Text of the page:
The chances of finding a world that would not kill the Boraal is miniscule. To find one in the time allotted during Homeward would be impossible.
This assumes that the Boraal star system is in the far off reaches of the galaxy and not in the interior of the Federation. If it is in the interior, then the surrounding star systems would be thoroughly surveyed, and the chore of selecting a suitable replacement world for the Boraalans would be no more involved than simply checking the records on the local neighborhood. The Vacca star system was a mere forty two hours away.

Beverly Crusher
:
"There are countless M class planets in Federation space which can support the Boraalans."

Half the population of Europe died
Yet when Amanda moved in with Sarek, half the population of Vulcan didn't croak.

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Old September 19 2012, 08:32 AM   #50
Vanyel
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Re: Prime Directive problem with "Homeward"

T'Girl wrote: View Post
Vanyel wrote: View Post
The chances of finding a world that would not kill the Boraal is miniscule. To find one in the time allotted during Homeward would be impossible.
This assumes that the Boraal star system is in the far off reaches of the galaxy and not in the interior of the Federation. If it is in the interior, then the surrounding star systems would be thoroughly surveyed, and the chore of selecting a suitable replacement world for the Boraalans would be no more involved than simply checking the records on the local neighborhood. The Vacca star system was a mere forty two hours away.

Beverly Crusher
:
"There are countless M class planets in Federation space which can support the Boraalans."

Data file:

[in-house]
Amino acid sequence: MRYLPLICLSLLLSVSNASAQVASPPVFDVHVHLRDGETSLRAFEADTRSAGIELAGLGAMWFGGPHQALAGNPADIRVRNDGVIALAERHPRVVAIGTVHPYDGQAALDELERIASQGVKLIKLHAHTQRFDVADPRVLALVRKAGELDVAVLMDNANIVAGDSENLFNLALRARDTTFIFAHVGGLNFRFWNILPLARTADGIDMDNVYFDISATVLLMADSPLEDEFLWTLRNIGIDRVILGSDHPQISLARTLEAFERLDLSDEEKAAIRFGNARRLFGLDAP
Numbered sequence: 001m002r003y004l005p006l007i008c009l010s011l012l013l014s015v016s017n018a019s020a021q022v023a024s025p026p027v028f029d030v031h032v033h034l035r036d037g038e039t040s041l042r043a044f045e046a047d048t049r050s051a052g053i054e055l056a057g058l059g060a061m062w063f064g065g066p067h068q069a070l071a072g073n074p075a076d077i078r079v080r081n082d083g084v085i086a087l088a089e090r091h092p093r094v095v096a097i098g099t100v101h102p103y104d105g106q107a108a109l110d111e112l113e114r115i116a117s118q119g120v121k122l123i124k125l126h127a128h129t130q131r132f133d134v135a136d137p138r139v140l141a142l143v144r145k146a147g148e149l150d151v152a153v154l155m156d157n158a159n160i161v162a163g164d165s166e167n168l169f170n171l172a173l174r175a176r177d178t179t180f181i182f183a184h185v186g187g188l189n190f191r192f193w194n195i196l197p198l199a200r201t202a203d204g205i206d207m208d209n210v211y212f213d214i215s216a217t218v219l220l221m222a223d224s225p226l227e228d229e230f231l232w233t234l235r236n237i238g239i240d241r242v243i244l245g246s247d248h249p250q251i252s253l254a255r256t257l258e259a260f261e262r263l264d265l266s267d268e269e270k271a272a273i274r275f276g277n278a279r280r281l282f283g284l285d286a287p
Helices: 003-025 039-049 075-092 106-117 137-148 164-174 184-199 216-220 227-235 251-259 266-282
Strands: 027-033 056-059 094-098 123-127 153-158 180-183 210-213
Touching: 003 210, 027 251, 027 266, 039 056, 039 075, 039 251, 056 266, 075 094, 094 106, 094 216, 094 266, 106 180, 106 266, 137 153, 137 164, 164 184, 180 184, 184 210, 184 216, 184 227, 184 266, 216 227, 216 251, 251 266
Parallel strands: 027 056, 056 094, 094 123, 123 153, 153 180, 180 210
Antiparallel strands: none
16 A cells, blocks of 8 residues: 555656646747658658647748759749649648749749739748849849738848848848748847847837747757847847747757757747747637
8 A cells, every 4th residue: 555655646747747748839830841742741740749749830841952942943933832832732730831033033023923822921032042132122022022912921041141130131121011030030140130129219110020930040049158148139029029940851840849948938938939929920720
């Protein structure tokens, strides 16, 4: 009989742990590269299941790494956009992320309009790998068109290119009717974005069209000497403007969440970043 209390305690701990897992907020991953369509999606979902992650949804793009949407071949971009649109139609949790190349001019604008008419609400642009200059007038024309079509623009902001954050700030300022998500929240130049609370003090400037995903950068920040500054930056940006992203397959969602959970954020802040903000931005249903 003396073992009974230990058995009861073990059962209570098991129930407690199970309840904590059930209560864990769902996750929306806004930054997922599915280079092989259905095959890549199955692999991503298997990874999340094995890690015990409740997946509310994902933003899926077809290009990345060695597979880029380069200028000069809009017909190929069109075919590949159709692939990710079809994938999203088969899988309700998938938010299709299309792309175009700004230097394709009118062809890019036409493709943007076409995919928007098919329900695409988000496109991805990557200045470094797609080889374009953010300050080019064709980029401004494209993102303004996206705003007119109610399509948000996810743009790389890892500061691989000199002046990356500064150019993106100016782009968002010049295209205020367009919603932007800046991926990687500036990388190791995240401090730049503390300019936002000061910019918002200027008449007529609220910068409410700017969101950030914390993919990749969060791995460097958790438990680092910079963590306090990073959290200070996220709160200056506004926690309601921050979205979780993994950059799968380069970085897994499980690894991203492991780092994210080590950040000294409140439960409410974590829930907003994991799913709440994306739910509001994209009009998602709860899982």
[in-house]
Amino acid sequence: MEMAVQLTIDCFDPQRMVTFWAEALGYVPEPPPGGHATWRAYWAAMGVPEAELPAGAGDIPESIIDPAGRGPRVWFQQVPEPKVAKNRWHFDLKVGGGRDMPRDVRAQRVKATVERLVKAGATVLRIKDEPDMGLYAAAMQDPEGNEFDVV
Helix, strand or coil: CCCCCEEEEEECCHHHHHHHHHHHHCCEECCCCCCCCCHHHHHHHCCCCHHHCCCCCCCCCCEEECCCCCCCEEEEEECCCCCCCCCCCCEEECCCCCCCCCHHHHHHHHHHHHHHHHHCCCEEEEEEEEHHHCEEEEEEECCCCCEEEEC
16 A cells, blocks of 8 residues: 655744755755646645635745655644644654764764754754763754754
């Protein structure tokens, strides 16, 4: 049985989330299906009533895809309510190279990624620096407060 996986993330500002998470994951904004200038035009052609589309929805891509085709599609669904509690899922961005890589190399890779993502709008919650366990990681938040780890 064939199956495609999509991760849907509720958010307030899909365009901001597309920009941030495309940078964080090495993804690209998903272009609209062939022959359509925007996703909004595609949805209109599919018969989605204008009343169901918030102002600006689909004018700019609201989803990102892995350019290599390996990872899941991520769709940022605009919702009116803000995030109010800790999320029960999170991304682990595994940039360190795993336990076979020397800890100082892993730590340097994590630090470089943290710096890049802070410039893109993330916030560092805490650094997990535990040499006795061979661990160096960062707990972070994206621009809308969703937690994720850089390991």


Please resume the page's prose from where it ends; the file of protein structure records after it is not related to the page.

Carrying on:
Half the population of Europe died
Yet when Amanda moved in with Sarek, half the population of Vulcan didn't croak.

What would they have been thoroughly surveyed for? To catalog it, or to determine if it's a possible place for a colony? Then if it is for a colony, a colony for who? Humans? Vulcans? Andorians?

Then is it possible to accurately determine what each species on the new planet, could do to its new inhabitants. The Boraal weren't going to be kept in a habitat like the Lunar colony (didn't that one female cadet on the Valiant tell Jake about coming from Luna and going outside the habitat with her father?) or the Mars Colony.

There are too many variables involved, too many possible out comes, only one in which the Boraal survive. Chances are far greater that they would die out on the new world, than survive. Yes there is a slim chance that the Boraal would beat the odds. I will admit "slim" is better than "no" but is it worth the risk to the other planet? No one seems to care about the life that already exists on their new home and if there is a life form on that planet that would grow to be intelligent in a few million years if not for the Boraal.

By the time of Amanda and Sarek, and indeed any interplanetary cooperation and commingling, the medical science would have been at a point where disease would no longer be a factor. What I mean is that each planets science teams would come up with medication or vaccines to protect the new comer, in this case Amanda from infecting the Vulcans and them from infecting her.
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Old September 19 2012, 10:49 AM   #51
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Re: Prime Directive problem with "Homeward"

Since contamination by a single species (especially a sapient humanoid one) often happens yet never kills a world in Star Trek, it follows that the decision to move the Boraalans was safe and sound in that respect. Whether Star Trek is realistic isn't really an issue here, because the safety of the Boraalan transfer is inherent in the show format where all the myriad humanoid species and Earths are perfectly interchangeable. Any attempt at inserting "realism" in this respect would collapse the entire story format.

Besides, for a small group of Boraalans to kill a planet, even the darkest "realistic" scenarios would involve timespans of several generations. Plenty of time to amend the situation afterwards. The minuscule group of Boraalans would not notice any of the amending anyway, as they would only cover and control an insignificant fraction of the planet and would have no means of observing the rest.